Amazon Pay, formerly called Amazon Payments, is a product developed by Amazon that allows you to accept credit cards online through Amazon checkout buttons you embed on your website. This streamlines the checkout experience for your customers, as they simply enter their Amazon username and password – a fast alternative to creating a new account on your website or entering their name, shipping and billing addresses, and credit card details.
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Amazon Pay charges a flat rate with no monthly or annual fees. It integrates with third-party e-commerce platforms and shopping carts such as 3dcart, Volusion and WooCommerce, and you can find a list of additional compatible options on its site. If you have website development experience, you can use Amazon's APIs to create a custom integration for your website.
Pricing and Terms
Amazon Pay provides detailed information about pricing, fees and terms on its website. It uses the flat-rate pricing model, so you pay the same rate for all transactions regardless of what type of cards your customers use, with the exception of international cards. The advantage of this type of pricing is that it gives you a reliable estimate of what you can expect to pay for each transaction. Here's what it costs to accept payments using Amazon Pay:
- 2.9 percent plus 30 cents: Debit, credit, rewards and corporate cards you accept online
- 3.9 percent plus 30 cents: Cross-border payments (cards issued outside the U.S.) you accept online
Charitable organizations receive discounted rates:
- 2.2 percent plus 30 cents: Debit, credit, rewards and corporate cards you accept online
- 3.2 percent plus 30 cents: Cross-border payments you accept online
Like other processors that use the flat-rate pricing model and set you up as a sub-merchant under the company's master merchant account, Amazon Pay charges very few fees. If a customer initiates a chargeback and you choose to challenge it, you pay a $20 disputed chargeback fee. When you issue refunds to your customers, Amazon Pay refunds the processing percentage rate to you, but not the 30-cent authorization fee.
Here are the fees you won't pay when you choose Amazon Pay as your online credit card processor:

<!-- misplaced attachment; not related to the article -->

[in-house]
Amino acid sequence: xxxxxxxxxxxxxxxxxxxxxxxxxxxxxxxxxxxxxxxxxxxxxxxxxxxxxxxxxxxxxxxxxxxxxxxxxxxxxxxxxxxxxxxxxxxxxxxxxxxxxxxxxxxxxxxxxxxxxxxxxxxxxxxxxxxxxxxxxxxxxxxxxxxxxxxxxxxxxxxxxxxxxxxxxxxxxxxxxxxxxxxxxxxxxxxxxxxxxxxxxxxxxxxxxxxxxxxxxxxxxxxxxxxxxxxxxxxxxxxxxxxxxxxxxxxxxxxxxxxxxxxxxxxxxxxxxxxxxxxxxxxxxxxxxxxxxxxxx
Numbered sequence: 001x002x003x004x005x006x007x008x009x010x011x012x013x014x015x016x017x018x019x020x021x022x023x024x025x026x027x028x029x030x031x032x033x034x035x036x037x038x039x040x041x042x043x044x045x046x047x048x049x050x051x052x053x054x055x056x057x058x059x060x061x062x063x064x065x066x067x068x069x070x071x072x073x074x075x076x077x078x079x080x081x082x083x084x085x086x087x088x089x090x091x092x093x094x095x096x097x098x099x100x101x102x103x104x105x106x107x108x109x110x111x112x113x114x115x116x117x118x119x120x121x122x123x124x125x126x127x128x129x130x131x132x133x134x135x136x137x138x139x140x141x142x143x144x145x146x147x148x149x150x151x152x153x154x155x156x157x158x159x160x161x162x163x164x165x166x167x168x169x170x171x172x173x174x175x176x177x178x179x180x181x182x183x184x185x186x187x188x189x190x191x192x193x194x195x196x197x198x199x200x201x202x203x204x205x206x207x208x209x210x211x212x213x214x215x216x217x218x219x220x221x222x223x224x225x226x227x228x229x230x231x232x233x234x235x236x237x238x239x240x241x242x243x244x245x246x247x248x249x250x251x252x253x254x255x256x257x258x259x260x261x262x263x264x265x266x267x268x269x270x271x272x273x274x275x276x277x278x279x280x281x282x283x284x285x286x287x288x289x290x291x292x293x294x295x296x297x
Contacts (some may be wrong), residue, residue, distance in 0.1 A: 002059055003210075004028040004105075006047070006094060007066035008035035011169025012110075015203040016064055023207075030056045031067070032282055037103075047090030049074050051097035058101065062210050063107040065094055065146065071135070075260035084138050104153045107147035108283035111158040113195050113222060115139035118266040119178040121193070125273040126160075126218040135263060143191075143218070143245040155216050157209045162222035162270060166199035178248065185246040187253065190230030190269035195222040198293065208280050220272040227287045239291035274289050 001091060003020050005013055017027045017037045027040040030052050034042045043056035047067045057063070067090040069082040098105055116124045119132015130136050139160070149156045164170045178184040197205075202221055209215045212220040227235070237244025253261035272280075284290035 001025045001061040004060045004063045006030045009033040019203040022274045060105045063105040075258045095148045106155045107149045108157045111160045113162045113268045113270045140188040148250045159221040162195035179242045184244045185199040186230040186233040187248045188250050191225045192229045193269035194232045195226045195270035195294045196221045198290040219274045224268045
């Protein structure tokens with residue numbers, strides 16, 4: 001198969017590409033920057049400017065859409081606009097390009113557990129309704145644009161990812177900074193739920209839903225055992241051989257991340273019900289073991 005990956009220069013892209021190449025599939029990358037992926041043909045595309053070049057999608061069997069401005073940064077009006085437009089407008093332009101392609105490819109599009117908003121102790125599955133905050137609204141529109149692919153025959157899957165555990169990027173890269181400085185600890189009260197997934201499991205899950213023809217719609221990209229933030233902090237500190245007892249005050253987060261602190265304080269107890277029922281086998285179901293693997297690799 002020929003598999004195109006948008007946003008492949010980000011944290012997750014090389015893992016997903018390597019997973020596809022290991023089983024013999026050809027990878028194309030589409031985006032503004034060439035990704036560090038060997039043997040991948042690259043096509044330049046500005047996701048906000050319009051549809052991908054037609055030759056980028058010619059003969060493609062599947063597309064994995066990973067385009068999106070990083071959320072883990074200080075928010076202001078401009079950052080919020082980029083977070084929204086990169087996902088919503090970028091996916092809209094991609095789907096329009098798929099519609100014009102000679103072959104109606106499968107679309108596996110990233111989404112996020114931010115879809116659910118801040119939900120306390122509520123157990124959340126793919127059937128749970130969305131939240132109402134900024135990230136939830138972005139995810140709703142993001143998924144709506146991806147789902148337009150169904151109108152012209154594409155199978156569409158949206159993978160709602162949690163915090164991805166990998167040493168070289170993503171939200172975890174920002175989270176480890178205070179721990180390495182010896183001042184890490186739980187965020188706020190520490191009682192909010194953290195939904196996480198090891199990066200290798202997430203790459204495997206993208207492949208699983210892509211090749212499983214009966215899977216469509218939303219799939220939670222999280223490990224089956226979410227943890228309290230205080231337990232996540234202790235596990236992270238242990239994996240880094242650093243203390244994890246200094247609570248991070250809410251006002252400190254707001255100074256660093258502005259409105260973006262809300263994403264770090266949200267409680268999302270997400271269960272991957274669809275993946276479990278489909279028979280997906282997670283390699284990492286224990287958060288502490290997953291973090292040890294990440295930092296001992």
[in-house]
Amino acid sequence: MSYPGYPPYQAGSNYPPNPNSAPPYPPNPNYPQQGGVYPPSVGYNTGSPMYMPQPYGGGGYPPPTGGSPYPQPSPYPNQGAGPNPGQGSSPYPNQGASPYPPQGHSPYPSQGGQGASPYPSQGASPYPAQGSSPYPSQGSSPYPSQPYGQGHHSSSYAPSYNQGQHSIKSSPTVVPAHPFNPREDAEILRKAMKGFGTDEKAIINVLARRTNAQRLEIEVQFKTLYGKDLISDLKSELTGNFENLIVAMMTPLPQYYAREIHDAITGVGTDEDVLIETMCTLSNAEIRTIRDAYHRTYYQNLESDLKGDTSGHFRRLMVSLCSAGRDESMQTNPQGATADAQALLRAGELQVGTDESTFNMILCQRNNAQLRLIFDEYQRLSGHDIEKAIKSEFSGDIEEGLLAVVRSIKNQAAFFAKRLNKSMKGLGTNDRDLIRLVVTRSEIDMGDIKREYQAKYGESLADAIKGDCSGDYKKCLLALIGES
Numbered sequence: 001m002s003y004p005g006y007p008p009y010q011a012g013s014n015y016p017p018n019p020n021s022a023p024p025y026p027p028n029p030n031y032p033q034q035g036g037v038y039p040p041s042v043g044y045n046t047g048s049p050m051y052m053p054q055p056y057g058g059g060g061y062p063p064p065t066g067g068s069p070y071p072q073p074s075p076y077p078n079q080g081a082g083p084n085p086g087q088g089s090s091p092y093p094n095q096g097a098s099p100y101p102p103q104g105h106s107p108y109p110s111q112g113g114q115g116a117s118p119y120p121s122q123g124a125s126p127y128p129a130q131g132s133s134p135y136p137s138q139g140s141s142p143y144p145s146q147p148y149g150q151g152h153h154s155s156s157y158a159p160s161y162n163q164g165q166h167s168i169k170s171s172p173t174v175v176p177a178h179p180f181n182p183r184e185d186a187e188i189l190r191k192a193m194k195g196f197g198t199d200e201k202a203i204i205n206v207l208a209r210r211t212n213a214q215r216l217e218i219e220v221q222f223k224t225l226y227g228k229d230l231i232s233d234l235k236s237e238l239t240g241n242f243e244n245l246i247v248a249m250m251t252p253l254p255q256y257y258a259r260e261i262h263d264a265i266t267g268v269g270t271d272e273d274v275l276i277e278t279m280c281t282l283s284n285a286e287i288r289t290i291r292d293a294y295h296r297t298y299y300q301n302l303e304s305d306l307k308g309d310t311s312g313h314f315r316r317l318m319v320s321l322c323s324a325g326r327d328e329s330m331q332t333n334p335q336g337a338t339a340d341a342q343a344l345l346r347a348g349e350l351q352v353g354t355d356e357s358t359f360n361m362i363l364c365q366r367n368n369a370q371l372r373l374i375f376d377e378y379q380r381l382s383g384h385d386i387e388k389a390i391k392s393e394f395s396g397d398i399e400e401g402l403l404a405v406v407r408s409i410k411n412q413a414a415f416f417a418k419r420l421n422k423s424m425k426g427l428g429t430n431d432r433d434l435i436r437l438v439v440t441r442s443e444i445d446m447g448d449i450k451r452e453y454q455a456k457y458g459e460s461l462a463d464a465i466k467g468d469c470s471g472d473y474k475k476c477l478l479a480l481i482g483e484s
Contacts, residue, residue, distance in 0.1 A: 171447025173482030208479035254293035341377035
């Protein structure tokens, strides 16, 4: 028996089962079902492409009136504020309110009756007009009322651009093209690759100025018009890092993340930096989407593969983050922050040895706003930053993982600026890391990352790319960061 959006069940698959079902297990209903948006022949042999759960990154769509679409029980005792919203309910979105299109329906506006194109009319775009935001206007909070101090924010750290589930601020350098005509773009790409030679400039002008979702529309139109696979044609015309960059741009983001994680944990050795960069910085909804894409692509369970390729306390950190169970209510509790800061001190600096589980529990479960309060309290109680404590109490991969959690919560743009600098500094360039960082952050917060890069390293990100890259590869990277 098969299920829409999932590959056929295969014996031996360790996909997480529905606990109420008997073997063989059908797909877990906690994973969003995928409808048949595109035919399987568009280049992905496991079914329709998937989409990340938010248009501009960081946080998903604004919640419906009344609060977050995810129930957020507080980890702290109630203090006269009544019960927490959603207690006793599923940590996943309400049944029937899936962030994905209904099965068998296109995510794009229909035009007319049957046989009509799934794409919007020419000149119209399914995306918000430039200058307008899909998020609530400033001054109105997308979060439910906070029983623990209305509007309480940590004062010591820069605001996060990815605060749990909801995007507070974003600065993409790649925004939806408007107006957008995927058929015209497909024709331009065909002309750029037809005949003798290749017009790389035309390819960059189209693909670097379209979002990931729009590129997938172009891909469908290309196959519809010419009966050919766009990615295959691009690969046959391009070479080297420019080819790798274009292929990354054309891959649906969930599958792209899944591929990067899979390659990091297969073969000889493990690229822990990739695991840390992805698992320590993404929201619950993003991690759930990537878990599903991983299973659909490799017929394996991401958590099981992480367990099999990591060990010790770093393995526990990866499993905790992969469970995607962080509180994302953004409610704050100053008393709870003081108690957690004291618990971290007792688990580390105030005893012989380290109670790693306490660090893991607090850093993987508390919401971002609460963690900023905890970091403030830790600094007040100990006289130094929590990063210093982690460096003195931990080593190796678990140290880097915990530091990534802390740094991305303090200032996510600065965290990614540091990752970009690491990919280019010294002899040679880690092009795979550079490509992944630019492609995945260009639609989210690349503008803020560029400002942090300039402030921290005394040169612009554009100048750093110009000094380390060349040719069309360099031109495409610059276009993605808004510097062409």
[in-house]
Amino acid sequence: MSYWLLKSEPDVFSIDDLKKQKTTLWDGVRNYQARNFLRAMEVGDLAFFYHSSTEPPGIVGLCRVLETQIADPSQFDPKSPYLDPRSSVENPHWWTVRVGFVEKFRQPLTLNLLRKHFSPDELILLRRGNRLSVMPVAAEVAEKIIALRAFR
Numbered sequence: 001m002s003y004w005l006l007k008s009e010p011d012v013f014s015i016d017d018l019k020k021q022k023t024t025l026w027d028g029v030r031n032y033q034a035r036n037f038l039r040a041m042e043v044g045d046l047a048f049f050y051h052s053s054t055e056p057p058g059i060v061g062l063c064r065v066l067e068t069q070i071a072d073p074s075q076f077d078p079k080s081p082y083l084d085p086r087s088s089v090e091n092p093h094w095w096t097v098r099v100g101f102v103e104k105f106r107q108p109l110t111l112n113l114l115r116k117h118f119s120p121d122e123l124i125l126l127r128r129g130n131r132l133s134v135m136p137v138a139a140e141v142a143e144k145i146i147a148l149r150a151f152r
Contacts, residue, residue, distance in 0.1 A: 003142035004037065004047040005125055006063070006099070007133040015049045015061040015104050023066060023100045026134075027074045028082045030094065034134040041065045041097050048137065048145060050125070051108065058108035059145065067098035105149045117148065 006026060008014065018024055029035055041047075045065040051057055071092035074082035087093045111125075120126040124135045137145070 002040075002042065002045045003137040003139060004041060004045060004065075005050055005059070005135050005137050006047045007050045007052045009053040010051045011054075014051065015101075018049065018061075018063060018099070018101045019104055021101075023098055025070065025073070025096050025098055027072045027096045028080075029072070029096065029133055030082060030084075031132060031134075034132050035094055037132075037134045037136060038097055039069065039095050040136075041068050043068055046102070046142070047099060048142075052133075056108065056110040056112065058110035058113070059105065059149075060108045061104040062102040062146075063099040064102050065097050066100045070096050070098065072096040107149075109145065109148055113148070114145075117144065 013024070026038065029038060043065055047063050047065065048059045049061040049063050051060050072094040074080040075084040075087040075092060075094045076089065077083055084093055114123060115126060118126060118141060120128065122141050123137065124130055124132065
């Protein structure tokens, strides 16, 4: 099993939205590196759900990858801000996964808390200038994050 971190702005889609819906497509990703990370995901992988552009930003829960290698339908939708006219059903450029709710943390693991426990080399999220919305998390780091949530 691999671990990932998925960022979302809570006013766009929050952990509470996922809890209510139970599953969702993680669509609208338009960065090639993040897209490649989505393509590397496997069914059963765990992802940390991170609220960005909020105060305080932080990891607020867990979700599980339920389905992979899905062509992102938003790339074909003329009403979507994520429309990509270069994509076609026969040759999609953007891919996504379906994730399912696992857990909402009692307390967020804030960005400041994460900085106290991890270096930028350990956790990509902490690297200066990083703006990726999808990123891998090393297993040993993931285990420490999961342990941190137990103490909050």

- Application or setup fee
- Gateway setup fee
- Monthly (statement) fee
- Monthly gateway fee
- Annual fee
- PCI compliance fee
- Early termination or account closure fee
- Monthly minimum processing requirement
Amazon Pay has a reserve policy. After you set up your account, there's a 14-day observation period. The company then begins releasing your processed funds on a rolling basis with a seven-day delay. After your funds are disbursed, it takes three to five days for your money to be deposited into your bank account. After six months, or if you're an established merchant, you can request better reserve terms. This is a much longer timeframe for payouts than the two-day industry average, and most companies don't require reserve accounts unless you have multiple chargebacks or your business is high risk.
Amazon Pay doesn't require you to sign a long-term contract, and there are no cancellation fees, so you can move on without penalty if the processor no longer meets your needs or you find a better deal elsewhere. However, you'll still want to read Amazon Pay's user agreement and policies carefully to make sure this processing company is the right fit for you.
The big advantage to using Amazon Pay is that it makes it easy for your customers to buy goods and services on your website – all they need are their Amazon credentials. If you're a new or very small business that customers haven't heard of before, the Amazon buy button inspires confidence that they're working with a legitimate business that honors Amazon's A-to-z Guarantee.
There are a few different ways to accept credit cards online with Amazon Pay. The easiest way is to use one of the e-commerce platforms that Amazon Pay partners with and activate a plugin. If you have some web development know-how, you can add copy and paste HTML codes to add its buy buttons to your website, or you can use Amazon Pay's developer tools to create a custom integration.
Amazon Pay has extensions and plugins for many third-party e-commerce platforms, such as BigCommerce, Magento, Shopify, OpenCart, PrestaShop and Zuora.
Using the Button Generator Integration tool, you can cut and paste HTML code to add Amazon buy buttons to your website.
Amazon Pay has APIs that your web developer can use to add the service to your website or mobile app. The website includes integration guides, SDKs and samples, an Amazon Pay API reference, and UX guidelines.
You can create an Alexa Skill to use with Amazon Pay, allowing Alexa users to purchase your products or services by voice command using their Amazon accounts.
Amazon Pay is for U.S.-based businesses and has an online application. To set up an account, you need a U.S. phone number, street address, bank account and credit card. You'll also need your business taxpayer ID, EIN or Social Security number.
You must have an account to contact Amazon Pay's customer support, and email, phone and chat support is available. If you have questions for the sales team, you can fill out a form on the company's website. For merchants that prefer to troubleshoot issues themselves, Amazon Pay offers a detailed online knowledgebase, which includes tips on how to best implement Amazon Pay on your website.
Amazon Pay allows you to offer your customers a convenient checkout experience. However, if your cash flow is tight and you need to access your processed funds quickly, Amazon Pay isn't the right credit card processing company for you due to its reserve policy.
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